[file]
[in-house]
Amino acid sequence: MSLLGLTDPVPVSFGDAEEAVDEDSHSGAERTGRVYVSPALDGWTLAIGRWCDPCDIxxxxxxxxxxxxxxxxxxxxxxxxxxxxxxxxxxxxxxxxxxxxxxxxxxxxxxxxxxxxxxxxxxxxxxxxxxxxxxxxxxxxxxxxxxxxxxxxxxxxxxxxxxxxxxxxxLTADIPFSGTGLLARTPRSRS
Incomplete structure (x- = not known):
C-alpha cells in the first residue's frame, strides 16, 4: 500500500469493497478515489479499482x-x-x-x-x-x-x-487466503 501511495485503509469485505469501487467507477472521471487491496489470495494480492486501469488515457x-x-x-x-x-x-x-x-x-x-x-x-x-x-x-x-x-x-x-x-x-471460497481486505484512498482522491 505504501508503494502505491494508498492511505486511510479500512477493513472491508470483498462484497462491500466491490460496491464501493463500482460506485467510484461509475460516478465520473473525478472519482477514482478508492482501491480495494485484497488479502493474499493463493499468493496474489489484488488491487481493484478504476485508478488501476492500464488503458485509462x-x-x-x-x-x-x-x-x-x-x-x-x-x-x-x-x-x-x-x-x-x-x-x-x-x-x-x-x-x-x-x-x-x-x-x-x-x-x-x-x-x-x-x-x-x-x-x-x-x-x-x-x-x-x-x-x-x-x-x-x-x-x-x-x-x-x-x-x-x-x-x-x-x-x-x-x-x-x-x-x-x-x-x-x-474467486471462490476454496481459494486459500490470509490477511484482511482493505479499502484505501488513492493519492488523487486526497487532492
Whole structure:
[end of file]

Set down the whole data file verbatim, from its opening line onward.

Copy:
[in-house]
Amino acid sequence: MSLLGLTDPVPVSFGDAEEAVDEDSHSGAERTGRVYVSPALDGWTLAIGRWCDPCDIxxxxxxxxxxxxxxxxxxxxxxxxxxxxxxxxxxxxxxxxxxxxxxxxxxxxxxxxxxxxxxxxxxxxxxxxxxxxxxxxxxxxxxxxxxxxxxxxxxxxxxxxxxxxxxxxxLTADIPFSGTGLLARTPRSRS
Incomplete structure (x- = not known):
C-alpha cells in the first residue's frame, strides 16, 4: 500500500469493497478515489479499482x-x-x-x-x-x-x-487466503 501511495485503509469485505469501487467507477472521471487491496489470495494480492486501469488515457x-x-x-x-x-x-x-x-x-x-x-x-x-x-x-x-x-x-x-x-x-471460497481486505484512498482522491 505504501508503494502505491494508498492511505486511510479500512477493513472491508470483498462484497462491500466491490460496491464501493463500482460506485467510484461509475460516478465520473473525478472519482477514482478508492482501491480495494485484497488479502493474499493463493499468493496474489489484488488491487481493484478504476485508478488501476492500464488503458485509462x-x-x-x-x-x-x-x-x-x-x-x-x-x-x-x-x-x-x-x-x-x-x-x-x-x-x-x-x-x-x-x-x-x-x-x-x-x-x-x-x-x-x-x-x-x-x-x-x-x-x-x-x-x-x-x-x-x-x-x-x-x-x-x-x-x-x-x-x-x-x-x-x-x-x-x-x-x-x-x-x-x-x-x-x-474467486471462490476454496481459494486459500490470509490477511484482511482493505479499502484505501488513492493519492488523487486526497487532492
Whole structure: